Farber disease is a very rare and very severe lysosomal storage disorder that most commonly presents in the first few months of age. A deficiency of lysosomal acid ceramidase (AC) activity results in the accumulation of ceramide in lysosomes causing multiple clinical manifestations that are painful and severely impact quality of life. The illness is progressive, and often leads to death within the first few years. The propose project will characterize a murine model we generated that harbors a human mutation in the AC gene. Preliminary observations show that disease progression and clinical manifestations in our current model highly correlates with what is observed in humans. Furthermore, this project will carry out correction of the mouse model using two different transplantation platforms: (1) bone marrow transplantation, and (2) LV- modified ex vivo-targeted HSC therapy. Results acquired from gene therapy correction of our Farber model will provide insight for the development of novel therapies for this currently incurable disease in humans. This model will also impact research on the understanding of ceramide metabolism, signaling, bioactive properties, and role in cancer.
Specific Aims : (1) To test the hypothesis that a novel 'knock-in'mouse model harboring a conserved human DNA mutation will recapitulate Farber disease pathophysiology. (2) Explore the effects of bone-marrow transplantation and LV-mediated overexpression of human AC in hematopoietic stem/progenitor cell transplants in Farber mice as treatments for this disorder. Research Design and Methods: (1) We have very recently generated a novel murine model for Farber disease. Viability and morphological abnormalities will be analyzed. MEFs and tissues from various organs will be collected from normal, heterozygous, and homozygous mice to assay for AC enzyme activity and ceramide levels. Structural changes on the cellular level will be compared using EM. Dr. Walkey's group will also assess neurological structure and functional impairment. (2) We will engineer a novel LV that directs the expression of human AC along with a cell fate control cassette to ensure safety of the vector. We will attempt bone marrow transplantation and cell-directed gene therapy of Farber mice using a clinically relevant treatment schema. Syngeneic HSCs and HPCs modified using the novel LV will be infused into fully ablated Farber mice. Animals will be followed over time and manifestations of Farber disease will be analyzed as in Aim 1.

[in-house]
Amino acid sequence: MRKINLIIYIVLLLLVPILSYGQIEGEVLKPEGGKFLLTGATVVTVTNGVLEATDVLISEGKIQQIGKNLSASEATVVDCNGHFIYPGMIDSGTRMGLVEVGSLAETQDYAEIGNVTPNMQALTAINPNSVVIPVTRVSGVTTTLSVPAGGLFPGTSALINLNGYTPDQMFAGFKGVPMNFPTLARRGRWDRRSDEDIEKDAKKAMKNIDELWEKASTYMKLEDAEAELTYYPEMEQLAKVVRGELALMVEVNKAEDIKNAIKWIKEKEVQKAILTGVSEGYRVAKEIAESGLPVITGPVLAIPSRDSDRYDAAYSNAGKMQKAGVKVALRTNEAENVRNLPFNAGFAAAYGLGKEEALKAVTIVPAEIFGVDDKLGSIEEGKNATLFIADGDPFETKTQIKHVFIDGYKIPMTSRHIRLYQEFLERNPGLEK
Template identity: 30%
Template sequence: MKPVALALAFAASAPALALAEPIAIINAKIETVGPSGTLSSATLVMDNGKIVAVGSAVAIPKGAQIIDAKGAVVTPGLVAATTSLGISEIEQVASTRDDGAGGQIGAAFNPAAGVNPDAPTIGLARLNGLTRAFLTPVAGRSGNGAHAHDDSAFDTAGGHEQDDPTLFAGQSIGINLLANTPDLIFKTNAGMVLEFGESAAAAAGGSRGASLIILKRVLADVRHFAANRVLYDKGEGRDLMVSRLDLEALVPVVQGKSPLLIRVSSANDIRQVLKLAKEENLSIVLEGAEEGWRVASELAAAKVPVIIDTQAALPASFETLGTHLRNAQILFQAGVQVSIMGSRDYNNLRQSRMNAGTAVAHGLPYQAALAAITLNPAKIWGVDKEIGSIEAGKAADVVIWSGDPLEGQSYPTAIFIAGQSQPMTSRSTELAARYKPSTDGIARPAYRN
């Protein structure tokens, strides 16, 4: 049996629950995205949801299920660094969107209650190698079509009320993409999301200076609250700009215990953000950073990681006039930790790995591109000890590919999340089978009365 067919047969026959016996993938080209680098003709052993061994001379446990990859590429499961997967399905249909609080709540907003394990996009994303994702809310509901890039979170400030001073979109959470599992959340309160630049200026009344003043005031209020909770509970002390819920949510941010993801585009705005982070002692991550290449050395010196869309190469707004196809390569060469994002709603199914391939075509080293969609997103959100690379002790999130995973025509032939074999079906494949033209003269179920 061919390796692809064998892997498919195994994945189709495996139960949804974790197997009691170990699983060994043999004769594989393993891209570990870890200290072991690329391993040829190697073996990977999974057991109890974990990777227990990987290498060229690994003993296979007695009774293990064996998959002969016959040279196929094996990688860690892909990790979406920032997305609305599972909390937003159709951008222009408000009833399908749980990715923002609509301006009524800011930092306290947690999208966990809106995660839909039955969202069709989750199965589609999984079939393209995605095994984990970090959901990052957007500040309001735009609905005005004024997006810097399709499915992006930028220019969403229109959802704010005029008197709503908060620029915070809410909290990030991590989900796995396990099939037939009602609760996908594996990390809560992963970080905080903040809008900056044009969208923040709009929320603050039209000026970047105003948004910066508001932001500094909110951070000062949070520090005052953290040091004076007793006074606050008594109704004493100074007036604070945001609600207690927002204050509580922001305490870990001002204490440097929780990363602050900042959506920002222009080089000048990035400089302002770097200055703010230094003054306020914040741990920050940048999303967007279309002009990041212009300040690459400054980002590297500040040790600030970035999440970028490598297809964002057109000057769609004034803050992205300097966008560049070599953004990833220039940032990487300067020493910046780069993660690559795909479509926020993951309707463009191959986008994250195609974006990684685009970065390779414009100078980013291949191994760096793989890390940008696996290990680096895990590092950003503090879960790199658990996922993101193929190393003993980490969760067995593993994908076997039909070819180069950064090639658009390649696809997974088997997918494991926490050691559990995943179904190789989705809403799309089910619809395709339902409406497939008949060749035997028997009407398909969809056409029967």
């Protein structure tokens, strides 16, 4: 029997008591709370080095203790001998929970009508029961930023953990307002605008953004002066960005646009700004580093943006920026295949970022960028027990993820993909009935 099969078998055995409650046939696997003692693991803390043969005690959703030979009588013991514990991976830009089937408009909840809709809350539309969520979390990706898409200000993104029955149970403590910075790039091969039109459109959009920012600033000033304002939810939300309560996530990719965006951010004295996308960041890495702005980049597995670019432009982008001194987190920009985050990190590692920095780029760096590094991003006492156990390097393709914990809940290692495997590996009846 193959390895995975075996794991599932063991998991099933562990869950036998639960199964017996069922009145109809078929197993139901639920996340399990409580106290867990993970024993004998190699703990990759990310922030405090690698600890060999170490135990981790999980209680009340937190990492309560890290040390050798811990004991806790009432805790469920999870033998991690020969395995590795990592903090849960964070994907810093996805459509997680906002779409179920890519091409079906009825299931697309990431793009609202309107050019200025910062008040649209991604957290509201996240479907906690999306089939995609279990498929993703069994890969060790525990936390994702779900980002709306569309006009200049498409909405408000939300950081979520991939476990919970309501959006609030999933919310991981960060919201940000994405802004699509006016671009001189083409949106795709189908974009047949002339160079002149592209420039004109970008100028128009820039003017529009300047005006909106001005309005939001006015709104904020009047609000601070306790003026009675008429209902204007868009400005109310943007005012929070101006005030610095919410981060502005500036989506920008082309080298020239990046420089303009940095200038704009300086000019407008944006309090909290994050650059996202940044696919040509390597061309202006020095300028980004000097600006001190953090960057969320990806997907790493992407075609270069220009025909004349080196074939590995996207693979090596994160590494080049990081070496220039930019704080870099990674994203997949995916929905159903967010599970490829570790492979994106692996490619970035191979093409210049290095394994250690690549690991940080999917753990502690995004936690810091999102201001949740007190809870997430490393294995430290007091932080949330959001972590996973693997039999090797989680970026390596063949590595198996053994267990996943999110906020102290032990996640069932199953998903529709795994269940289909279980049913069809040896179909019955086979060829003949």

The proposed project aims to use a newly generated mouse model of Farber disease to test novel lentivirus vector-based genetic modification platforms as potential therapeutic options. The newly generated Farber mouse model highly correlates with human Farber disease in terms of disease progression and clinical manifestations. The proposed research will ultimately lead to novel therapeutic interventions for this devastating and incurable condition. NOTE: The critiques and criterion scores from individual reviewers are provided below in an essentially unedited form. The Resume and Summary of Discussion above summarizes the final outcome of the group discussion.
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